If House Speaker Philip Gunn wanted to get more Democratic lawmakers on board with his aggressive tax cut program, he figured out the right way to do it: Include car tags.
The speaker’s Mississippi Tax Freedom Act passed by a 97-12 vote last week. As with prior proposals, it will eliminate the state income tax over a period of 10-12 years and reduce the sales tax on food.
The new idea was a proposal to cut the cost of car tags by 35%, with the state returning money to counties, which assess and collect the vehicle taxes, to make up the lost revenue.
A surprising element of the vote is that a slight majority of the 43 Democrats in the House supported the tax cuts. But a second surprise occurred the next day, when the House Ways and Means Committee chairman asked that the bill be reconsidered.
The reason, said Rep. Trey Lamar, R-Senatobia, is that further study indicated the state could afford to reduce car tags by 50% instead of the 35% in the original language.
That increased the bill’s support to 107-4 margin, as eight Democratic opponents of the original measure changed their minds.
The Mississippi Today website quoted a couple of Democratic senators who have opposed prior Republican tax cut pitches but said the car tag reduction won them over. A smaller hike in the non-food sales tax — this year’s bill would raise it from the current 7% to 8.5%, while last year’s called for a 9.5% sales tax — probably played a role as well, especially when coupled with a decrease in the sales tax on food.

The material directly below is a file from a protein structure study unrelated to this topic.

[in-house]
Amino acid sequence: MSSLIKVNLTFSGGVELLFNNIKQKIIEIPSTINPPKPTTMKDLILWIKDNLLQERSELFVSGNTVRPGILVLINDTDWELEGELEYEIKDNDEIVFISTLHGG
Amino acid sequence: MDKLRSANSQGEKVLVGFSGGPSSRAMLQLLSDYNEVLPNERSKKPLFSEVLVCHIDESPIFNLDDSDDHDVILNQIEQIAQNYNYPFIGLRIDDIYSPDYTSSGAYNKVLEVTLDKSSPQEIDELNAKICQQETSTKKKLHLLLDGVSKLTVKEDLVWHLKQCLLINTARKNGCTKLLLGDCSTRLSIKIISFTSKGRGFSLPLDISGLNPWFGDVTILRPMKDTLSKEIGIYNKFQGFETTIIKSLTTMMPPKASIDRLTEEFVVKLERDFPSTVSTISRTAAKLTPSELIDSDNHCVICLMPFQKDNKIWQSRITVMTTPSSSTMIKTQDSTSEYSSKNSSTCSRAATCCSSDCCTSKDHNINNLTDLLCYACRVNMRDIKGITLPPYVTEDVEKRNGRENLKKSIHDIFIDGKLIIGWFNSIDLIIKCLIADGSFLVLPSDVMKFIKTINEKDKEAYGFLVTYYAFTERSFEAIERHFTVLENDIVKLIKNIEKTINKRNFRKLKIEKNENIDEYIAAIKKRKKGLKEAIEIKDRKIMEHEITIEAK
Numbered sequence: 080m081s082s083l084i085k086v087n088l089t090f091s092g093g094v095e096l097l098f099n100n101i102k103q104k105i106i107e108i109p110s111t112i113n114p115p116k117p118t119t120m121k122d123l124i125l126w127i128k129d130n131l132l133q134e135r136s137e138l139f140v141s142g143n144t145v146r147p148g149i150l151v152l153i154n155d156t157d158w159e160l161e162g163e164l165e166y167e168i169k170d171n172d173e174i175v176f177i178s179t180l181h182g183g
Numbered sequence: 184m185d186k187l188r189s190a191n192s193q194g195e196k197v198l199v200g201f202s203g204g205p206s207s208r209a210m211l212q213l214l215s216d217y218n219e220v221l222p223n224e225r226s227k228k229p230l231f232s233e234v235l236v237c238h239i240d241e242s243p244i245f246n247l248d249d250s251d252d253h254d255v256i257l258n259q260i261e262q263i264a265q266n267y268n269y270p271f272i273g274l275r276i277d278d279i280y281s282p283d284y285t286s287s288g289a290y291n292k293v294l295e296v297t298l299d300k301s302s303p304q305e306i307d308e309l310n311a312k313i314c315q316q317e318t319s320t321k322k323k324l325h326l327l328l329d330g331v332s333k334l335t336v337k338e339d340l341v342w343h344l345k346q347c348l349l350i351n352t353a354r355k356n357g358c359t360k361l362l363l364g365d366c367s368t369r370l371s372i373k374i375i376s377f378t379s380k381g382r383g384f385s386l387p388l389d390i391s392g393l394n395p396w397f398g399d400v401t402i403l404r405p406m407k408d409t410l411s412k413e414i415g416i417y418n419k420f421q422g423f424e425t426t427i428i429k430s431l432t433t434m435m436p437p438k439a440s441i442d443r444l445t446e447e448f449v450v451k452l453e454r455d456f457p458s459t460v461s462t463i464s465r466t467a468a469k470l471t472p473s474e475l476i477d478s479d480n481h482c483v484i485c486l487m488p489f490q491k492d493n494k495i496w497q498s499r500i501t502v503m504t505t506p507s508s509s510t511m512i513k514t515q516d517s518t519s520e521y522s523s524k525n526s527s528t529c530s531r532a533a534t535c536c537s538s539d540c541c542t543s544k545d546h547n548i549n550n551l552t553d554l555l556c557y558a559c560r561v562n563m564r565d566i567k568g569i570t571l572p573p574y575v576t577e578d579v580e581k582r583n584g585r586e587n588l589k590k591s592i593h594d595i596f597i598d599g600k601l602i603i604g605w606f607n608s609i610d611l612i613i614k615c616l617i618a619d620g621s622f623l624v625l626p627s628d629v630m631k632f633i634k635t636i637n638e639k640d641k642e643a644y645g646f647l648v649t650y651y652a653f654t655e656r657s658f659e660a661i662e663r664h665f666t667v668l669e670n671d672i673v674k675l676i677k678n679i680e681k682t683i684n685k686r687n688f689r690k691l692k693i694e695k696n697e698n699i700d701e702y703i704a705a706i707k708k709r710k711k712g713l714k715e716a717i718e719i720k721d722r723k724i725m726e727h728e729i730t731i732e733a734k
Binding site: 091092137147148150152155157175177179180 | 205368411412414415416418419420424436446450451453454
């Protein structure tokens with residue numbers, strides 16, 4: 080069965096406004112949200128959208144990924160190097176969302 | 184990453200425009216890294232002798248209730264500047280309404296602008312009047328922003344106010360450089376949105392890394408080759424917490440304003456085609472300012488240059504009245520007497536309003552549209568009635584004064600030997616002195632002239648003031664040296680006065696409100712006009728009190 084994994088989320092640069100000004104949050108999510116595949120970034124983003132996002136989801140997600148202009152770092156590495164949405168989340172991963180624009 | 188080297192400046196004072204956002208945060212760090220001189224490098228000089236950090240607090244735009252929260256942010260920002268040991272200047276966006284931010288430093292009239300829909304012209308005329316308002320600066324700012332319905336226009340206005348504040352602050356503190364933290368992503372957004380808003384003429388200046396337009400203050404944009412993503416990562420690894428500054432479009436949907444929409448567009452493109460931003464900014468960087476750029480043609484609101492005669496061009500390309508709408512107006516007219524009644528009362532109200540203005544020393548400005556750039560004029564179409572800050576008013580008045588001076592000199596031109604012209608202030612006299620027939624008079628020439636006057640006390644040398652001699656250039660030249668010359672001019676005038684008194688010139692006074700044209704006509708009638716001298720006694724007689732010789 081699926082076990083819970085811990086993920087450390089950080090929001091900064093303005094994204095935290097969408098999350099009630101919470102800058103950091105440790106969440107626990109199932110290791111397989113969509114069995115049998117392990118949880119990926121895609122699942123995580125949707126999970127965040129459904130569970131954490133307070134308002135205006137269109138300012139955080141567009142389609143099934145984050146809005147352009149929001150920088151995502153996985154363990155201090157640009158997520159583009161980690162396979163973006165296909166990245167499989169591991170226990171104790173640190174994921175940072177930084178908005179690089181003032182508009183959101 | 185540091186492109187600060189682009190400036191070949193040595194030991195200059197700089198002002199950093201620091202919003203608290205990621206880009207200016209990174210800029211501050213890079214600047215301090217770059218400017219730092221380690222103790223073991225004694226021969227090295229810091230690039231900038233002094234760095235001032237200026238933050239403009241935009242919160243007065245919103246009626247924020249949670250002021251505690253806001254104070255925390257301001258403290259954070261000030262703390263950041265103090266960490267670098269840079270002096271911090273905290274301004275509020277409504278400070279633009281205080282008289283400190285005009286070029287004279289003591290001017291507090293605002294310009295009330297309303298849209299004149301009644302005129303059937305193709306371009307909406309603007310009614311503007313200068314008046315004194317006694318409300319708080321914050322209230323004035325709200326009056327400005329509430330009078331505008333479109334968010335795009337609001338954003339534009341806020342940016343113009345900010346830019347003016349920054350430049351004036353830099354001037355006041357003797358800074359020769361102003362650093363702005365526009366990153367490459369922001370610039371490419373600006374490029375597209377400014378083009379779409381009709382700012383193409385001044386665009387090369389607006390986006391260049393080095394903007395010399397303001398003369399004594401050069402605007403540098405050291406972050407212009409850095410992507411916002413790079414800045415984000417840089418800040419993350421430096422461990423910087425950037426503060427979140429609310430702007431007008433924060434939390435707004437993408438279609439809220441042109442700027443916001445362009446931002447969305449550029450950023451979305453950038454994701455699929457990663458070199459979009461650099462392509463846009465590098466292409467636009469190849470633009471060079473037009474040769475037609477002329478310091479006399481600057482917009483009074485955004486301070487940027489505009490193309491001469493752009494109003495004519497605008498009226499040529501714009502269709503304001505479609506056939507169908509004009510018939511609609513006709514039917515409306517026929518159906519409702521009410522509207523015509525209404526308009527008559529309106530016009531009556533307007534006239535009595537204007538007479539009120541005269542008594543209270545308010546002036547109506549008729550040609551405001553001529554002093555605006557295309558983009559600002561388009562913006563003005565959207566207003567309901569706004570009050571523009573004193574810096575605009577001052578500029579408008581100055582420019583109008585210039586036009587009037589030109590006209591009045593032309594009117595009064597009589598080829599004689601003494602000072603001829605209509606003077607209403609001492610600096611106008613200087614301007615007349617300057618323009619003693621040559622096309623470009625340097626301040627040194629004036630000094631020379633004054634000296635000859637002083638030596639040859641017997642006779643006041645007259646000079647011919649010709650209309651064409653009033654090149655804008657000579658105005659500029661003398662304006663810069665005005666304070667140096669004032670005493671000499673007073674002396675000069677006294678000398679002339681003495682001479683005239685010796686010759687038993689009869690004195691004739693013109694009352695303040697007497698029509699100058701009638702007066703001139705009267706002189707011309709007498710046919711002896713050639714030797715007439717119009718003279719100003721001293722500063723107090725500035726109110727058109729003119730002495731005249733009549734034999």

Before anybody starts celebrating no state income tax and a much cheaper car tag, keep in mind that the Senate still has to consider the bill. It did not like what it got from the House last year, and it let the proposal die — so let’s see if the car tag sweetener has any effect this year.
Gov. Tate Reeves also gets a say in whether Gunn’s bill becomes law, although a large victory in the Senate would reduce his influence.
Something else to keep in mind about the tax cuts is this: If it becomes law, Mississippi over time would remove about 22% of its current revenue stream. When in full effect, estimates predict this bill would remove $1.5 billion in today’s dollars from a $6.6 billion annual budget.
Proponents of the tax cuts note that the state ran a huge budget surplus last year. True, but that was because of immense pandemic relief assistance from the federal government that is by no means guaranteed to continue.
At some point, both the world and the Mississippi economy are going to start drifting back toward normal — which almost certainly does not include huge revenue surpluses. So whomever’s making forecasts about Mississippi’s economy had better be giving lawmakers worst-case scenarios along with any potential good news. And lawmakers had better be listening.
It’s just hard to see how the state can, in a fiscally sound manner, eliminate income taxes, cut food taxes and halve car tag costs without setting itself up for some serious budget pain.
— Jack Ryan, McComb Enterprise-Journal